I also totally understand much of the criticism lobbed at the Pixel 2’s simplistic design. I still enjoy the quality of the materials and construction, but I sure do wish Google took a few more risks with this hardware. As I said above I don’t really mind the size of the bezels above and below the screen, but the overall look of the phone that just feels set in the past — even when compared to the curves of the Pixel 2 XL. The closest thing you get to visual flair on the Pixel 2 is in “Kinda Blue” with its contrast-colored power button — that isn’t saying much. Aside from that, the rest of it is just very generic.
Some (myself included) appreciate the clean, simple and understated lines of the Pixel 2. But I see the desire from others to have their phone actually turn heads and get noticed. The Pixel 2 isn’t stealing any quick glances the way a Galaxy S8, LG V30 or HTC U11 is.
Google Pixel 2 One month on
Over a month after first giving a strong recommendation to the Pixel 2, I can easily still stand by it. In my eyes, it still offers the absolute best overall Android experience, carefully weighing usability and features both in the hardware and software.
It’s the best Google has made and a fantastic phone I think anyone would be happy using.
The screen size is relatively small compared to the rest of the flagship industry, but it offers great one-handed usability with plenty of room to get typical tasks done. The software doesn’t have every feature, but it has amazing speed and consistency along with seamless integration of Google’s latest features and apps. And then there’s the camera. What an amazing selling point. Anyone can pick up a Pixel 2 and take wonderful photos in a wide variety of situations with no photography skills at all.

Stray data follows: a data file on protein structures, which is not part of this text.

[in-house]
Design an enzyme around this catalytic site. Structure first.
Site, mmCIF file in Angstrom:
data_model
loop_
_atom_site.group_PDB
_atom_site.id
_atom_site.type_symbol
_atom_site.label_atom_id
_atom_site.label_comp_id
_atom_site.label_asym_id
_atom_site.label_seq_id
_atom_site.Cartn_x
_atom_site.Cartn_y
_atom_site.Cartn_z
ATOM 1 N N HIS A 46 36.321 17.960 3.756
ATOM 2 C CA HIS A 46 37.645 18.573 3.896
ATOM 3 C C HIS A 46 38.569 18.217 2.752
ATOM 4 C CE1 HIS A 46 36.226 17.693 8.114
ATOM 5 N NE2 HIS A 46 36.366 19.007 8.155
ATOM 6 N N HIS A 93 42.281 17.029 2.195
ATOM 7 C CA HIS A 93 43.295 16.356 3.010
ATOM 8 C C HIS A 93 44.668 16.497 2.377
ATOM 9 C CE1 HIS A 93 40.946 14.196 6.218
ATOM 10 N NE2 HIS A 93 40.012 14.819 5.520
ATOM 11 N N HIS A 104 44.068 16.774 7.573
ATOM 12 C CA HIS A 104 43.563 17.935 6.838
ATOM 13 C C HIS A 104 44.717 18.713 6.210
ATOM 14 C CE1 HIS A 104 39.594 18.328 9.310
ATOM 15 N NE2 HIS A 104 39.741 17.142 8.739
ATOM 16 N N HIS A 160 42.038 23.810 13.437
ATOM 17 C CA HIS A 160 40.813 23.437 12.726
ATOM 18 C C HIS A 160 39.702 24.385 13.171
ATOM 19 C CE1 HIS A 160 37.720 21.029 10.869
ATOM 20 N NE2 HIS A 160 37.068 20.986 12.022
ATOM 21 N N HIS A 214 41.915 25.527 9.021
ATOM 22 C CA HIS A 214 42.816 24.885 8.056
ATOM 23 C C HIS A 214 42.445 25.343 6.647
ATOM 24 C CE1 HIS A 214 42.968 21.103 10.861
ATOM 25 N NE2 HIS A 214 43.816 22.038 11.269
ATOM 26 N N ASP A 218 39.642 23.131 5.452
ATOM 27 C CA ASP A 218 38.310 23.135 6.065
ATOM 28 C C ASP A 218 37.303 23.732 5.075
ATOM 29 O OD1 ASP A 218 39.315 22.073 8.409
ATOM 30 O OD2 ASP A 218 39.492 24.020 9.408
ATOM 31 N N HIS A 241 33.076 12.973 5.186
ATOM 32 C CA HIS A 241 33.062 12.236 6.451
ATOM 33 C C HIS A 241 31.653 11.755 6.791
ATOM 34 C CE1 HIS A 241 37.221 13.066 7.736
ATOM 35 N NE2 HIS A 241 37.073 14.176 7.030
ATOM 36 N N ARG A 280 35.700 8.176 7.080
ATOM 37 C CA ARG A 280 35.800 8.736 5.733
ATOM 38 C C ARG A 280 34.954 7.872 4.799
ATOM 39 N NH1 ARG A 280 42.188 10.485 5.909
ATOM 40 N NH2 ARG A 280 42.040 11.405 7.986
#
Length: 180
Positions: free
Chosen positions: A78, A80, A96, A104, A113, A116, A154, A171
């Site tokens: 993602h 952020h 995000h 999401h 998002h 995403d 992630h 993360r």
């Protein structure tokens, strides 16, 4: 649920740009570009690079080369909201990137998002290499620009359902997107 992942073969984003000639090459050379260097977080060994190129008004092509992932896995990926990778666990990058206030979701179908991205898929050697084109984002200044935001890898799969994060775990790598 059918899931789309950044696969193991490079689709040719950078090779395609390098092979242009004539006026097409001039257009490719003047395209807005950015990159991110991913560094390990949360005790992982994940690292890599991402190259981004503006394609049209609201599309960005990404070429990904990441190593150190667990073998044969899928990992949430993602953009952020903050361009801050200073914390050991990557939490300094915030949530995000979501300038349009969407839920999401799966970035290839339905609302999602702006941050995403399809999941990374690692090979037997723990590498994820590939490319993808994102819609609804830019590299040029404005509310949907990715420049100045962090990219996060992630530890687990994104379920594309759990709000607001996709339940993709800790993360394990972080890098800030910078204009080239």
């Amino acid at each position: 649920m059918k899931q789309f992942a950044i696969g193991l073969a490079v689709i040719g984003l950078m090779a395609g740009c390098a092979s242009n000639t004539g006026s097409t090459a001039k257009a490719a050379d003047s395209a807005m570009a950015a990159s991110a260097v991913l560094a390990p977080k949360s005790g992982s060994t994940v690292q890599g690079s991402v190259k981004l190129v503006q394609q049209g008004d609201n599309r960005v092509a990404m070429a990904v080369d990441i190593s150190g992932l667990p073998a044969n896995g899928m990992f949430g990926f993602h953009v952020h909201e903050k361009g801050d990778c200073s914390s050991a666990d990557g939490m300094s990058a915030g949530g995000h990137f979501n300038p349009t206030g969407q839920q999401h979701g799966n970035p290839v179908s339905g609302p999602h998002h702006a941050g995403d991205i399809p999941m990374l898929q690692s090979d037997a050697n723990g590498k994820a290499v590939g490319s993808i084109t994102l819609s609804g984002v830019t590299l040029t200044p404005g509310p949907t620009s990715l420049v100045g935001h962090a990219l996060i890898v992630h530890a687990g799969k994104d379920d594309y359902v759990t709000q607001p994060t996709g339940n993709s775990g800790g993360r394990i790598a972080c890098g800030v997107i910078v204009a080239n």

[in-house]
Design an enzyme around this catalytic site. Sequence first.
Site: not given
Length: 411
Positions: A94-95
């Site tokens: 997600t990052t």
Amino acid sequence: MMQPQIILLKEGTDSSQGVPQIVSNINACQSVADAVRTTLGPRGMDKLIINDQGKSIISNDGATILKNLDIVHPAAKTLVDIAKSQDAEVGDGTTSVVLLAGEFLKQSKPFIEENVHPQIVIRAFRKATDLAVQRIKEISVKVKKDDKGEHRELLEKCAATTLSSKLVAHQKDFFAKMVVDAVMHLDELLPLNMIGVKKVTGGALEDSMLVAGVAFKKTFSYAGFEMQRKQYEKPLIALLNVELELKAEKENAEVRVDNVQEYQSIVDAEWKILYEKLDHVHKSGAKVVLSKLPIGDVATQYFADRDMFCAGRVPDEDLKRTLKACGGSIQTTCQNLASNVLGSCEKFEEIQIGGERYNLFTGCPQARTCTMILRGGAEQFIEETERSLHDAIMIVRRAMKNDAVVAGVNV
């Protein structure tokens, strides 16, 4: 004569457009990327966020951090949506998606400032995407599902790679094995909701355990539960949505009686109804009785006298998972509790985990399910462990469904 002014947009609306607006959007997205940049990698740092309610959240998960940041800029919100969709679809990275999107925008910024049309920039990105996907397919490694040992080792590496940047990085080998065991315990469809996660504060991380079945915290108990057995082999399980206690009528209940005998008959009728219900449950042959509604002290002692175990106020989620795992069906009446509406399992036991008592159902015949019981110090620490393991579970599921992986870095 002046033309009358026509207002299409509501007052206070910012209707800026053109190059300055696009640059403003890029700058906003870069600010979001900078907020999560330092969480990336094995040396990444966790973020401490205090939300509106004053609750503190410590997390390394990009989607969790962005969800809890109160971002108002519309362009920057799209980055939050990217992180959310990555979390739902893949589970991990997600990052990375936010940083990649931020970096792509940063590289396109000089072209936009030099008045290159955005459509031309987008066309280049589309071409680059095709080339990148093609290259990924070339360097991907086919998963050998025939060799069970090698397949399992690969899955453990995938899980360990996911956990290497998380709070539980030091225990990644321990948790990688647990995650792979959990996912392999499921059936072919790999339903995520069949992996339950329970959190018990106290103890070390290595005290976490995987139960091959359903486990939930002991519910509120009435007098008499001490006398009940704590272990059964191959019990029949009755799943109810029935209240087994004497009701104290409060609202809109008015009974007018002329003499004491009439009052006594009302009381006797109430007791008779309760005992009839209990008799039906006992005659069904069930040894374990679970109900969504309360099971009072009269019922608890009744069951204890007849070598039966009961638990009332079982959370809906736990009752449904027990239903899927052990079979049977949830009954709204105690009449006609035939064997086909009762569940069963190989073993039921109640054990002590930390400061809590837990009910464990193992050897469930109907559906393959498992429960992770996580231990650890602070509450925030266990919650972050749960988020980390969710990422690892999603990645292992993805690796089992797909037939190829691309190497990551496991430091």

We can all quibble about the value proposition of the larger Pixel 2 XL at $849, with a larger screen and battery not quite justifying the $200 price bump. But when you look at what the Pixel 2 offers for just $649 it’s no surprise that I and the rest of the Android Central team rate it so highly. And an extra month of use has only solidified my feelings on this great phone. Even taking its imperfections into account, it’s the best phone Google has made and one I think anyone would be happy using.
Google Pixel 2 and Pixel 2 XL
- Pixel 2 FAQ: Everything you need to know!
- Google Pixel 2 and 2 XL review: The new standard
- Google Pixel 2 specs
- Google Pixel 2 vs. Pixel 2 XL: What’s the difference?
- Join our Pixel 2 forums